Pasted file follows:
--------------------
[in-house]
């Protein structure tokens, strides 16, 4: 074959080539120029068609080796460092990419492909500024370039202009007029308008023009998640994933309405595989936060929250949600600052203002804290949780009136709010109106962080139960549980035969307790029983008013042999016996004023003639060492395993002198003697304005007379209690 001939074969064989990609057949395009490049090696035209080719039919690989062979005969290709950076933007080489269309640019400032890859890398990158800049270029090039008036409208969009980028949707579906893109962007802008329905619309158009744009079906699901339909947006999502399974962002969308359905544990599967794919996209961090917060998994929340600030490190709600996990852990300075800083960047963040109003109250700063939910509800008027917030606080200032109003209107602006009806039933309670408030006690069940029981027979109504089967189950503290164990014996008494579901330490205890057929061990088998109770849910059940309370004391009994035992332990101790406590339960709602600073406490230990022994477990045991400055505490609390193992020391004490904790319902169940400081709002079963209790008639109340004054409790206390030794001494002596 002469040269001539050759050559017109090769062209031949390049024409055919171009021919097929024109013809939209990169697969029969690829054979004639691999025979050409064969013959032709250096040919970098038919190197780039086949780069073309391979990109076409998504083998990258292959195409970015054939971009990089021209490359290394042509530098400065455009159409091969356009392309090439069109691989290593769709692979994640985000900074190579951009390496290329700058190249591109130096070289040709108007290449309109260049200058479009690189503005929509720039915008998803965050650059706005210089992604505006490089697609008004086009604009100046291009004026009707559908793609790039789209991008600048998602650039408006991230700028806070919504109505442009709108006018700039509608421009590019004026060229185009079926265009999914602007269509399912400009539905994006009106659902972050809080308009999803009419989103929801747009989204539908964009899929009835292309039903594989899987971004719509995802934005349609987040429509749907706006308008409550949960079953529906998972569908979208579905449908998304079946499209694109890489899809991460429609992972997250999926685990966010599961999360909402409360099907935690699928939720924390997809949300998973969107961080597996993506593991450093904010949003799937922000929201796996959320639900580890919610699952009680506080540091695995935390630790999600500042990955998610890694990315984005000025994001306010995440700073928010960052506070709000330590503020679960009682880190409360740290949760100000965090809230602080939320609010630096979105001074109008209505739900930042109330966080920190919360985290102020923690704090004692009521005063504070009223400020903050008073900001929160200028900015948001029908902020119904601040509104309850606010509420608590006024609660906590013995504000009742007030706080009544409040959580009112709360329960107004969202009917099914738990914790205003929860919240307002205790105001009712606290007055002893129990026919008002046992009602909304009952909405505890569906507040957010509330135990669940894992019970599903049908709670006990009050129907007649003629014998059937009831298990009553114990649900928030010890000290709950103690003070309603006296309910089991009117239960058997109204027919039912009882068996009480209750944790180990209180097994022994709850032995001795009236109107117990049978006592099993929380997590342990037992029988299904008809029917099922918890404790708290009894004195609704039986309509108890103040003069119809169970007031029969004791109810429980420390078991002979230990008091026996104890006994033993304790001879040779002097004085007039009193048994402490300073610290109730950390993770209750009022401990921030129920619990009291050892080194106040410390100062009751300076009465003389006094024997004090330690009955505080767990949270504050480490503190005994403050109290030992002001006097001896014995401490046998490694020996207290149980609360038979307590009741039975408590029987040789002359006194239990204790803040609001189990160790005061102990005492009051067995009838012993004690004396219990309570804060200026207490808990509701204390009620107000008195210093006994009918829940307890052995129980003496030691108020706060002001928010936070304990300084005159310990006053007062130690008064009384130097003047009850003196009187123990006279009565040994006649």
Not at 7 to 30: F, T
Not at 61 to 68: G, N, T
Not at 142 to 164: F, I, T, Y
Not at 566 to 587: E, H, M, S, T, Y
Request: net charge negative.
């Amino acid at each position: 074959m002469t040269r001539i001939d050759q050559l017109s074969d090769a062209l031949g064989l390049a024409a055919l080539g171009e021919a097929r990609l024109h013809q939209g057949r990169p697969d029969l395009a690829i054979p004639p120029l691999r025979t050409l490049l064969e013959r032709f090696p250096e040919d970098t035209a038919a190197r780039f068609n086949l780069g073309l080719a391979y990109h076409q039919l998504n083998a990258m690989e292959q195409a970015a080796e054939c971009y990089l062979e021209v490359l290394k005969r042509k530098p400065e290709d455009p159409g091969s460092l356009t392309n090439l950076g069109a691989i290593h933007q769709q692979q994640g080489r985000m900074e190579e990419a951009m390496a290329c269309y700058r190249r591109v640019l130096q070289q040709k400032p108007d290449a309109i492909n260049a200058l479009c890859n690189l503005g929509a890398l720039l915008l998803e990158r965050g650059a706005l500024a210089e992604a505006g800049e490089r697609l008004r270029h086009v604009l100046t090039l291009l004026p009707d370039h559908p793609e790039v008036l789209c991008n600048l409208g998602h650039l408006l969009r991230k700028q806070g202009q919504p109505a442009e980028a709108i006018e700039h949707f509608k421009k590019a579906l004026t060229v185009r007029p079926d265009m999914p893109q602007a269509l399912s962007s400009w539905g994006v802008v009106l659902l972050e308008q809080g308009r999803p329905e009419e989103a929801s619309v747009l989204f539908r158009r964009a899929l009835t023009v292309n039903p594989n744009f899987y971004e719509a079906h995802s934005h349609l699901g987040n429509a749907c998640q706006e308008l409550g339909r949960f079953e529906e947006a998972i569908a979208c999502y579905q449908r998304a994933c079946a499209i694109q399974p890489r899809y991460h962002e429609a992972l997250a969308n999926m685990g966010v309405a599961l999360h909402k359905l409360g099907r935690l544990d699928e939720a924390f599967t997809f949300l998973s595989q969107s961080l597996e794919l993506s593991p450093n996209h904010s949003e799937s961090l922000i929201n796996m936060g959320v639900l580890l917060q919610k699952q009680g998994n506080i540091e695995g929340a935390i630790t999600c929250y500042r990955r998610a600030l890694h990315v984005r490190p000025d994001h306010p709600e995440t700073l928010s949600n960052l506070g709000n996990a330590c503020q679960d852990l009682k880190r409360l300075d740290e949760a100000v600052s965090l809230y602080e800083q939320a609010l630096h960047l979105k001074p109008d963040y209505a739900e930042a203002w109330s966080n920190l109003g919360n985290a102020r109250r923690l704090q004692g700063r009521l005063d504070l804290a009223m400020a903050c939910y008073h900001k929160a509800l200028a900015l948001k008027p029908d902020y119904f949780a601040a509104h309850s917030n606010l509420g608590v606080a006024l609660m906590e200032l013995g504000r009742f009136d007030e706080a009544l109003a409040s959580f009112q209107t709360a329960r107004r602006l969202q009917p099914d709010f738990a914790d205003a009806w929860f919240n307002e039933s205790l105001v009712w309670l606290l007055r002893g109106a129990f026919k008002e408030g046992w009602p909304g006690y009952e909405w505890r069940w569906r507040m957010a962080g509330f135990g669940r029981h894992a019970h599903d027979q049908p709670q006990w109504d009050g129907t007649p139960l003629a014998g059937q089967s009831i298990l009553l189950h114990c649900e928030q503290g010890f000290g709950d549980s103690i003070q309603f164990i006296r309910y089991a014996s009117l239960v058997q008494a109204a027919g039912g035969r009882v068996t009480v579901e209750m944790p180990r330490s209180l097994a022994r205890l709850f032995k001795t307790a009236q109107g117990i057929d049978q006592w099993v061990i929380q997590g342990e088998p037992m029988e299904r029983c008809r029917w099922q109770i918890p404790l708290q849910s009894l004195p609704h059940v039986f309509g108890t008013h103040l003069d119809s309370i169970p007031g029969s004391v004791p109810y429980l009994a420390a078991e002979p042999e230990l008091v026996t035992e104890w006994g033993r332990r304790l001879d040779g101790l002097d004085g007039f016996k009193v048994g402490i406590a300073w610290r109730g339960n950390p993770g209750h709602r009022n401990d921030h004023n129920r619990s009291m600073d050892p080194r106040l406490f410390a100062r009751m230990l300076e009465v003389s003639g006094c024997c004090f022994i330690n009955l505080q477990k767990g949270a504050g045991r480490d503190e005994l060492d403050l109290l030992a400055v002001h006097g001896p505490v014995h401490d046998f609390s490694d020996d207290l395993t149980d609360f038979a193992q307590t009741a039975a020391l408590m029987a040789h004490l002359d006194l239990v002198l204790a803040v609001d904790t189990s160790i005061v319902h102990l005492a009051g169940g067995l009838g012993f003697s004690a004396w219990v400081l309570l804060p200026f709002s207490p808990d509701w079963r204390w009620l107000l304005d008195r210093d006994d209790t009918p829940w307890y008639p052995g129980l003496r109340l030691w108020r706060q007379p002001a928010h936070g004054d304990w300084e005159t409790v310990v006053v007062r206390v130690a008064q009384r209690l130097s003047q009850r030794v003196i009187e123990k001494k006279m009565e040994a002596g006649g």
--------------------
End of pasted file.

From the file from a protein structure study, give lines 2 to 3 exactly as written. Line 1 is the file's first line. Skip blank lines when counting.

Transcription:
């Protein structure tokens, strides 16, 4: 074959080539120029068609080796460092990419492909500024370039202009007029308008023009998640994933309405595989936060929250949600600052203002804290949780009136709010109106962080139960549980035969307790029983008013042999016996004023003639060492395993002198003697304005007379209690 001939074969064989990609057949395009490049090696035209080719039919690989062979005969290709950076933007080489269309640019400032890859890398990158800049270029090039008036409208969009980028949707579906893109962007802008329905619309158009744009079906699901339909947006999502399974962002969308359905544990599967794919996209961090917060998994929340600030490190709600996990852990300075800083960047963040109003109250700063939910509800008027917030606080200032109003209107602006009806039933309670408030006690069940029981027979109504089967189950503290164990014996008494579901330490205890057929061990088998109770849910059940309370004391009994035992332990101790406590339960709602600073406490230990022994477990045991400055505490609390193992020391004490904790319902169940400081709002079963209790008639109340004054409790206390030794001494002596 002469040269001539050759050559017109090769062209031949390049024409055919171009021919097929024109013809939209990169697969029969690829054979004639691999025979050409064969013959032709250096040919970098038919190197780039086949780069073309391979990109076409998504083998990258292959195409970015054939971009990089021209490359290394042509530098400065455009159409091969356009392309090439069109691989290593769709692979994640985000900074190579951009390496290329700058190249591109130096070289040709108007290449309109260049200058479009690189503005929509720039915008998803965050650059706005210089992604505006490089697609008004086009604009100046291009004026009707559908793609790039789209991008600048998602650039408006991230700028806070919504109505442009709108006018700039509608421009590019004026060229185009079926265009999914602007269509399912400009539905994006009106659902972050809080308009999803009419989103929801747009989204539908964009899929009835292309039903594989899987971004719509995802934005349609987040429509749907706006308008409550949960079953529906998972569908979208579905449908998304079946499209694109890489899809991460429609992972997250999926685990966010599961999360909402409360099907935690699928939720924390997809949300998973969107961080597996993506593991450093904010949003799937922000929201796996959320639900580890919610699952009680506080540091695995935390630790999600500042990955998610890694990315984005000025994001306010995440700073928010960052506070709000330590503020679960009682880190409360740290949760100000965090809230602080939320609010630096979105001074109008209505739900930042109330966080920190919360985290102020923690704090004692009521005063504070009223400020903050008073900001929160200028900015948001029908902020119904601040509104309850606010509420608590006024609660906590013995504000009742007030706080009544409040959580009112709360329960107004969202009917099914738990914790205003929860919240307002205790105001009712606290007055002893129990026919008002046992009602909304009952909405505890569906507040957010509330135990669940894992019970599903049908709670006990009050129907007649003629014998059937009831298990009553114990649900928030010890000290709950103690003070309603006296309910089991009117239960058997109204027919039912009882068996009480209750944790180990209180097994022994709850032995001795009236109107117990049978006592099993929380997590342990037992029988299904008809029917099922918890404790708290009894004195609704039986309509108890103040003069119809169970007031029969004791109810429980420390078991002979230990008091026996104890006994033993304790001879040779002097004085007039009193048994402490300073610290109730950390993770209750009022401990921030129920619990009291050892080194106040410390100062009751300076009465003389006094024997004090330690009955505080767990949270504050480490503190005994403050109290030992002001006097001896014995401490046998490694020996207290149980609360038979307590009741039975408590029987040789002359006194239990204790803040609001189990160790005061102990005492009051067995009838012993004690004396219990309570804060200026207490808990509701204390009620107000008195210093006994009918829940307890052995129980003496030691108020706060002001928010936070304990300084005159310990006053007062130690008064009384130097003047009850003196009187123990006279009565040994006649």
Not at 7 to 30: F, T